July 31, 2014

‘Bare bones’ building proposed for Public Works

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Town staff says the current public works garage is at capacity. (Observer photo by Stephanie Choate)

Town staff says the current public works garage is at capacity. (Observer photo by Stephanie Choate)

Informational meeting, open houses scheduled

By Stephanie Choate

Observer staff

With no contested races on the March 5 ballot, residents have just one major decision on Town Meeting Day, aside from the typical town and school budget questions.

Article 5, as listed on the town report, asks if voters will authorize the construction of a new public works facility “at a total cost not to exceed $5,900,000,” including land acquisition, through a bond to be financed over a period of 20 years or less.

On Monday, the Williston Selectboard unanimously voted to authorize Town Manager Rick McGuire to finalize and execute a purchase and sales agreement, selling the existing public works facility to Thomas Hirchak for $1.1 million. Hirchak, who owns the property next door, is willing to be flexible on the town’s occupancy timeline, McGuire said.

That $1.1 million would go toward the proposed facility, meaning the estimated cost is $4.8 million. Money to help pay for the bond would also come from the town’s water and sewer customers.

The estimated tax impact is 2 cents per $100 of property value—or $60 for a $300,000 home—which would decline each year as the bond is repaid.

Residents can learn about the plans at a public meeting set for Feb. 20 at 7 p.m. at the Williston Town Hall. Open houses at the current public works facility are also set for Feb. 16 and 23 from 11 a.m. to 1 p.m.

Currently, the town’s highway, water and sewer departments are housed in two buildings, along with a salt shed, on James Brown Drive. The highway department has been in the 40-year-old building since 1975, when the town maintained 43 miles of road.

“Now, we maintain in excess of 70 miles of road and we’ve got the same facility,” McGuire said. “It’s really to the point where we can’t put if off any longer.”

McGuire said he couldn’t think of a worse spot for the town’s public works department, located in the far northwestern corner of town, off busy Route 2A.

“Just the location alone impacts our ability to provide services,” McGuire said. “Whenever there’s a storm, especially during rush hour, our trucks are stuck in traffic on Route 2A. That means they’re not plowing roads in our neighborhoods, and roads are getting slipperier.”

Aside from the poor location, McGuire and Public Works Director Bruce Hoar said the highway, water and sewer departments have outgrown the current facility.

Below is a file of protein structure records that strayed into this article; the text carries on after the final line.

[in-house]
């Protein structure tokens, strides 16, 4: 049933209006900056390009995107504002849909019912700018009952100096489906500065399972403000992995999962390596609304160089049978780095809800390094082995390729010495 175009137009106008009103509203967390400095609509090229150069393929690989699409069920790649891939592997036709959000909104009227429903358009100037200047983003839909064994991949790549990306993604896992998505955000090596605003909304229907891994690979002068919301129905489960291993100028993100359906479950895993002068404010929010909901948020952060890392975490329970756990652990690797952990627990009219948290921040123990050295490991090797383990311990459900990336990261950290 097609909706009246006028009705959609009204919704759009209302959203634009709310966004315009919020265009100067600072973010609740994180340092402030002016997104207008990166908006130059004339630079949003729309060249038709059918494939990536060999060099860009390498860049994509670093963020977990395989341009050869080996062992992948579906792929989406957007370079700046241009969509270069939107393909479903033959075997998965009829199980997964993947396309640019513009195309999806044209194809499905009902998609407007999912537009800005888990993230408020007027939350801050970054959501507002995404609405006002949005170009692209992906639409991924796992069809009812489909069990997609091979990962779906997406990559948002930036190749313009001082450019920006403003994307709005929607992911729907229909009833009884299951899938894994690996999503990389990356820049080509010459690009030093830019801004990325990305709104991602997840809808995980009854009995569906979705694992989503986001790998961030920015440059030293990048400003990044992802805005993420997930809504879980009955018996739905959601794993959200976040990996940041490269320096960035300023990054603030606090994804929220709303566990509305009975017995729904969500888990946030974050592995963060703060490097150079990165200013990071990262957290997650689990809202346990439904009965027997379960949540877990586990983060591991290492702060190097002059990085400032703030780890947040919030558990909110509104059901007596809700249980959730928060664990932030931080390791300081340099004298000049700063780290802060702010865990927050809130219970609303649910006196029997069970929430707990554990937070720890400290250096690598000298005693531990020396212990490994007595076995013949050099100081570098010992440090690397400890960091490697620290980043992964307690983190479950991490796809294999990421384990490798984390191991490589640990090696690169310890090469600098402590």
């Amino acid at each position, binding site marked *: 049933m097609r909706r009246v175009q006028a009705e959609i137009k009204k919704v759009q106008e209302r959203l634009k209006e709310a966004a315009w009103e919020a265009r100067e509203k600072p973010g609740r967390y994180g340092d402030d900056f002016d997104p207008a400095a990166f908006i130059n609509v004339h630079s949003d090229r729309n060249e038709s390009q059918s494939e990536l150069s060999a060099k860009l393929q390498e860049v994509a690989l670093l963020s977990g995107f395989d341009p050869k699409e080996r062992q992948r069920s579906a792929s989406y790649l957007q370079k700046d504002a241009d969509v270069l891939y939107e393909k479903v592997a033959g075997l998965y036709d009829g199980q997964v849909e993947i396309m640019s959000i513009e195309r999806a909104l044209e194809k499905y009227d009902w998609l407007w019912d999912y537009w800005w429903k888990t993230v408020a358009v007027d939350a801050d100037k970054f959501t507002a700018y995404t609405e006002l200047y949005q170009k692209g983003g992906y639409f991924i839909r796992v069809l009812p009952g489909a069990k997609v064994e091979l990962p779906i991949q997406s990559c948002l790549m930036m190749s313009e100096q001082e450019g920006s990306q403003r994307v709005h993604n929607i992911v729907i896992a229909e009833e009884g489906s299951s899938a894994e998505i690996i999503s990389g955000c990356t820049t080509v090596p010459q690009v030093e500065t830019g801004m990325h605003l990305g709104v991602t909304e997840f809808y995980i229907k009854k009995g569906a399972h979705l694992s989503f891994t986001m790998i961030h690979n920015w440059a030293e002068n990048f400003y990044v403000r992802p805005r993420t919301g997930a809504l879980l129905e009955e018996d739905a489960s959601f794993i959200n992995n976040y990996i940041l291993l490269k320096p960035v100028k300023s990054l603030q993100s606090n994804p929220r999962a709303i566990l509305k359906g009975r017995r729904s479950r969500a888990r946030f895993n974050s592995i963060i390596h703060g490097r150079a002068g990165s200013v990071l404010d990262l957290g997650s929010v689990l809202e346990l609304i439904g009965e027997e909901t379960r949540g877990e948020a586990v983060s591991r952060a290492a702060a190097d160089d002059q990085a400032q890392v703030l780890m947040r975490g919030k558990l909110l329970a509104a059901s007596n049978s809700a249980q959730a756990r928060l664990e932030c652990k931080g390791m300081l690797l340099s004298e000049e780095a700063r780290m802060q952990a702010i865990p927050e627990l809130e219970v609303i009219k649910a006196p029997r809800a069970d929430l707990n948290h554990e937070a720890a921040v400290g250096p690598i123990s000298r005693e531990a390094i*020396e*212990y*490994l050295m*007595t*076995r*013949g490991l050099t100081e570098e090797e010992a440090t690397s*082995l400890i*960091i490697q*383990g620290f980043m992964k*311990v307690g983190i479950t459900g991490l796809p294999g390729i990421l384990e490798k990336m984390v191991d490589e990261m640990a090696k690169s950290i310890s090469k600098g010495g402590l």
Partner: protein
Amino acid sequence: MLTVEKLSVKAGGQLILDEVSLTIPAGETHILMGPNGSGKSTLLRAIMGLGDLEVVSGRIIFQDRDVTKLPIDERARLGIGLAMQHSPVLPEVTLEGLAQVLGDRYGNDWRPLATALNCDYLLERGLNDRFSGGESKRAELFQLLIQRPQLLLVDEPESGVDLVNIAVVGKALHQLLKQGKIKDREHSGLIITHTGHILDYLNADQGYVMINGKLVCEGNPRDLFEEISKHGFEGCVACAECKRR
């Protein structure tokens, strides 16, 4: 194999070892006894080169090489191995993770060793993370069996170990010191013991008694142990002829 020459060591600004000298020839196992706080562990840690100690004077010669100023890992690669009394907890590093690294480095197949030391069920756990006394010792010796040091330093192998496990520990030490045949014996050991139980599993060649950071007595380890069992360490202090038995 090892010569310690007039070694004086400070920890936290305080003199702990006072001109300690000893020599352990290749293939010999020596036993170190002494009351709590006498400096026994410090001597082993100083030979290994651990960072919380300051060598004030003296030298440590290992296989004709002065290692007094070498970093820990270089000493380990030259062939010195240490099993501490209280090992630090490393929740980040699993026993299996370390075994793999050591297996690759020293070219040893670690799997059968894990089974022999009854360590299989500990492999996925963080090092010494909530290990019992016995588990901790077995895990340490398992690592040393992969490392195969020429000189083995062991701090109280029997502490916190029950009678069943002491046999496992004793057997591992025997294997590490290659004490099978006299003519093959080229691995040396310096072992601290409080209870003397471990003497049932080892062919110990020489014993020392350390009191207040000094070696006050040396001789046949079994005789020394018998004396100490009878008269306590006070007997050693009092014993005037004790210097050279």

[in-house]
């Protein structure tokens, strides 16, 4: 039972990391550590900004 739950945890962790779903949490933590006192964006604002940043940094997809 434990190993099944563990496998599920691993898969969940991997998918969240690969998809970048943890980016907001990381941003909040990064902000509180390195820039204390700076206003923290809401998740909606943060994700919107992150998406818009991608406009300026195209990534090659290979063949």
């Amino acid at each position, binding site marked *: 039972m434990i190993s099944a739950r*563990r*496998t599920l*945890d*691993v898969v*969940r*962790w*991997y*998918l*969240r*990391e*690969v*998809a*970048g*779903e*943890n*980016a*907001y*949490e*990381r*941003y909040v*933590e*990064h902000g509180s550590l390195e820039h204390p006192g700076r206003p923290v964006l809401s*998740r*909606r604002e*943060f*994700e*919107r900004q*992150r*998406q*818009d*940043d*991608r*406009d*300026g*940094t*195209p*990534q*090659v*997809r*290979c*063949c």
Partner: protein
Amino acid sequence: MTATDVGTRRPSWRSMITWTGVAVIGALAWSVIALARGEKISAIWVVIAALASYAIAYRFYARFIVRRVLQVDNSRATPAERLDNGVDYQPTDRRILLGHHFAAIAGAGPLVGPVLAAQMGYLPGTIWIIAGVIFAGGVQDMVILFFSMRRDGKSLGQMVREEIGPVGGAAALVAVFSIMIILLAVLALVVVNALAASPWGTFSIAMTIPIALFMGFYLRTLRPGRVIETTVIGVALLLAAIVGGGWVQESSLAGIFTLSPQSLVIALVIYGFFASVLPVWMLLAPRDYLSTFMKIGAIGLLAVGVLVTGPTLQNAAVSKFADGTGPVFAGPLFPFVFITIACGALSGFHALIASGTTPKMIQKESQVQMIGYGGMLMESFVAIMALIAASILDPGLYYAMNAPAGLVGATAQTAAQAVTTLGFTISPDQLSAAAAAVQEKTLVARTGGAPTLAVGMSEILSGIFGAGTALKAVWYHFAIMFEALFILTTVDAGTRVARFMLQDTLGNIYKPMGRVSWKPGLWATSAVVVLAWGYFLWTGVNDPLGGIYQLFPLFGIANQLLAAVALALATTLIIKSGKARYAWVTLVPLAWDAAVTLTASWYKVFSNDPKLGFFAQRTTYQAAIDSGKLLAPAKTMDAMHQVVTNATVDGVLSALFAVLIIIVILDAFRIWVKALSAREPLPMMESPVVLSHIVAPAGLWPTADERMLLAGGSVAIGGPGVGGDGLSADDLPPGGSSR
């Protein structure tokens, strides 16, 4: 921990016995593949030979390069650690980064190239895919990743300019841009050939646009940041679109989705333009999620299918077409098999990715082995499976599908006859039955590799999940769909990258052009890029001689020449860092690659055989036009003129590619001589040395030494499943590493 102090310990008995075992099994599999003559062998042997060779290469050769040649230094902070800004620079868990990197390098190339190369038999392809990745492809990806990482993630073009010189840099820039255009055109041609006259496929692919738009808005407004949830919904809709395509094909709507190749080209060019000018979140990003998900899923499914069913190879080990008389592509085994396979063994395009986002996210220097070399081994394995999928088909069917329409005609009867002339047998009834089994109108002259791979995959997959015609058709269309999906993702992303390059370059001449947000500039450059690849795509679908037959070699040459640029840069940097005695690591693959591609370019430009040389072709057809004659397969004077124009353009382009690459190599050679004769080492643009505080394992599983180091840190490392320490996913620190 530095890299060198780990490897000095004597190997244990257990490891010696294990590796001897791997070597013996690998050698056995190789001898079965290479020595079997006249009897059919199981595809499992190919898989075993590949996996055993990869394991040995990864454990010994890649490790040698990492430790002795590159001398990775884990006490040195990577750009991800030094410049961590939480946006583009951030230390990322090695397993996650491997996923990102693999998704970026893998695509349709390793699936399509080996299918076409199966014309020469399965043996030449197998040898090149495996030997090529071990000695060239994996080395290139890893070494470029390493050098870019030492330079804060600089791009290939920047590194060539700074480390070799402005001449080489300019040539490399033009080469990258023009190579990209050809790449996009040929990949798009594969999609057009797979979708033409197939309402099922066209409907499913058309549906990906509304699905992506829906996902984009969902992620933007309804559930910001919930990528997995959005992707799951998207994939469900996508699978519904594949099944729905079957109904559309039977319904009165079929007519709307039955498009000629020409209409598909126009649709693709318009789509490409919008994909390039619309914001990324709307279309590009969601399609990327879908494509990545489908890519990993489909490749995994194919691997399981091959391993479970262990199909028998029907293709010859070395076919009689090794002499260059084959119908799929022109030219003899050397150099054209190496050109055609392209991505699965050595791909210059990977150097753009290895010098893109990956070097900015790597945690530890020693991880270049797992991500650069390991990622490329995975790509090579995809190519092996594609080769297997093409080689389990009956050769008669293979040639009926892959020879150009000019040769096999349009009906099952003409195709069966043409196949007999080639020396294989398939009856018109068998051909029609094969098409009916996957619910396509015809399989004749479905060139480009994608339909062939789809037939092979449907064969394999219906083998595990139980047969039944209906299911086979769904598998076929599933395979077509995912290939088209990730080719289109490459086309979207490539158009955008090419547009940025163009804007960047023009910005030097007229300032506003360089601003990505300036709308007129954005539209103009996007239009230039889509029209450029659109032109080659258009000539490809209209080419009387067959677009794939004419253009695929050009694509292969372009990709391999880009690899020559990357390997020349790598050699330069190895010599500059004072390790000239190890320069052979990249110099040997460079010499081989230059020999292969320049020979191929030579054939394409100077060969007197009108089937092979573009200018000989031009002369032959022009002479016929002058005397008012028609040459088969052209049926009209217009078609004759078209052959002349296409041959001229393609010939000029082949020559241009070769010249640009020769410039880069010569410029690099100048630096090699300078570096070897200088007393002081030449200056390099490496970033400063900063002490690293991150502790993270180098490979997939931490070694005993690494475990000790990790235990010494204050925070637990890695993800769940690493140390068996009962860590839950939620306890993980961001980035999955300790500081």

“It’s too crowded,” said Mark Russell, assistant road foreman, looking at the plows, dump trucks and tractors parked bumper to bumper in the town’s 8,880 square-foot highway garage. “We’re at capacity.”

Next door, the water and sewer department’s four employees fill its one-room office, which also functions as a kitchen and break room.

“Basically, it’s small and crowded,” said Water Technician Dennis McKenna. “We’re outgrowing the space.”

The men also said they would appreciate having a shower—rather than one small bathroom—for the unfortunate occasions when they have to respond to sewer leaks.

“It’s cramped,” said Foreman Aaron Ciosek, who has worked there for 11 years. “We don’t have enough space for equipment that we need to have close by. …We don’t need anything too fancy, just practicality and convenience.”

McGuire said the new facility has been on the list of projects needed for the town since he began working in Williston 15 years ago.

Without a new facility, Hoar said the town would be looking at “some major expenses” at the existing facility. The salt shed—which he said is held together with cable and plywood—would need to be repaired immediately. The buildings are also not equipped with sprinklers, leaving $2 million of equipment vulnerable to fire damage.

According to a planning study conducted by Weston & Sampson Engineers, Inc., the new facility would be nearly 35,000 square feet—roughly three times the size of the current buildings. It would include expanded office and employee facility space, maintenance bays and vehicle and equipment storage, which would take up approximately 60 percent of the space.

Hoar said 35,000 square feet seems like a lot of space, but most of it will be “basically a big barn with a door on each end.”

“It would have room for expansion, but we’re not overbuilding,” he said.

McGuire noted that the plans have been scaled back from Weston & Sampson’s original cost estimate of $7.7 million.

“What we’re proposing is bare bones,” McGuire said. “We’re not building a palace here, were building a basic steel structure garage.”

If voters approve the expenditure, town officials would work to finalize the site for the new facility. Town officials are currently in negotiations with two property owners, and may add a third to the list, McGuire said.

Then, they would put the project out to bid using a process called design-build, meaning the same firm would design and build the facility.

Voters will ultimately decide whether to approve the bond on March 5. Voting will take place at the Armory from 7 a.m. to 7 p.m.

A public meeting is set for Feb. 20 at 7 p.m. at the Williston Town Hall. Open houses at the current public works facility are also set for Feb. 16 and 23 from 11 a.m. to 1 p.m.

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